Medium Should Be A Fundamental Story Element
Updated: May 18
A Case Study of The Last of Us For the Future of Video Game Adaptations.
Craig Mazin and HBO have done it again, and with a video game adaptation, no less. The Chernobyl creator is positioning The Last of Us to the forefront of cultural consciousness and leaving audiences in awe of its captivating storytelling. Like Arcane before it, it’s a seminal, sigh-of-relief moment in the frustrating evolution of video game adaptation. However, more significant than its accolades, a particular aspect of The Last of Us reveals a cataclysmic perspective with strong, rippling effects in video game storytelling. The story’s protagonist duet is an analogy for a new way of looking at the fundamental elements of story and argues for the reassessment of “delivery medium” as a creative concept, redefining its role and significance as a delivery mechanism.
The Last Us revolves around Ellie, who has the potential to impact the fictional world more than any other character. Hands down, she is the most important character. However, Mazin’s HBO series, and the game’s co-creator Neil Druckmann, establish Joel as the main protagonist. We experience his tragic backstory. We learn of the characters he cares about and watch his journey intersect with Ellie. This creative choice is simple and significant: Joel serves as the action-heavy medium for Ellie's narrative, forming a symbiotic relationship more potent than the sum of its parts. Just as Joel’s choices and actions affect Ellie’s narrative, so does the story's delivery medium fundamentally affect a story.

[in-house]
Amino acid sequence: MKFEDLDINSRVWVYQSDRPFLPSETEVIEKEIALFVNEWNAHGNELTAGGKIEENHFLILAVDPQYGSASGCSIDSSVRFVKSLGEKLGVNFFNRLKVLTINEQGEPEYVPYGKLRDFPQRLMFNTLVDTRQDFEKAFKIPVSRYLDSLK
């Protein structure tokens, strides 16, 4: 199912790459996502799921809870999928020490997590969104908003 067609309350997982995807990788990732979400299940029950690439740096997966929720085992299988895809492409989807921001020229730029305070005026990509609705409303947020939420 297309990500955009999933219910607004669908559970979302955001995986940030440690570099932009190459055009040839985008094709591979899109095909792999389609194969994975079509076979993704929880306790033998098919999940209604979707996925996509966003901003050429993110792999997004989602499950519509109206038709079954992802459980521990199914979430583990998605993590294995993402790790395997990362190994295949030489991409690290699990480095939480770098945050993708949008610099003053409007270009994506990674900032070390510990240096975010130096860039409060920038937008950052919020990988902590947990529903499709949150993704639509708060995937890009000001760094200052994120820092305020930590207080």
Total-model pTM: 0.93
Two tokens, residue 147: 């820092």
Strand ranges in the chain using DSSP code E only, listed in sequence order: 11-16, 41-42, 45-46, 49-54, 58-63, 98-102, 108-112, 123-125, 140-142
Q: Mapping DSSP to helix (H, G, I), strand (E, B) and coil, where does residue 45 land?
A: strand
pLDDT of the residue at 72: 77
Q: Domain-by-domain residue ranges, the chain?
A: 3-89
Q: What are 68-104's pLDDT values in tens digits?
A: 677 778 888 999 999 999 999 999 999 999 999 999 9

Creators like Mazin and Arcane’s showrunner Christian Linke understand that the medium needs to be adapted just as much as the source characters, setting, tone, and other narrative elements. In The Last of Us, the medium side of its fictional universe naturally merges with Pedro Pascal’s character, Joel. In Arcane, the medium better adapts to the characters’ abilities or ability sources, a la Shimmer and Hextech. Think of Powder’s ill-fated attempt to use explosives (ability), resulting in the death of lead characters (affected story). The defining takeaway is that the medium—be it a game console or narrative device—directly affects the story, which separates a quality adaptation from transposing game action to film action. Looking at you, Uncharted.
Conventional lists of basic story elements leave out the crucial ingredients that make up this line of thinking. Character, plot, setting, conflict, theme, point of view, tone, symbolism… (it gets a bit muddy after that) are taught by every respectable visual and language arts institution. However, interactive stories were not in the picture when story academics established their lists. When it comes to storytelling, it's rare to see something that truly shakes things up at a fundamental level. But interactive experiences and their adaptations are just the shake up we've been wrestling with all these years. Whether we knew it or not.
Netflix and HBO are revolutionizing how we experience non-interactive stories based on interactive experiences and drafting a template for bringing these stories to life outside the gaming world. Whatever the formula looks like when developing a story, it’s clear the medium is not only important; it’s fundamental.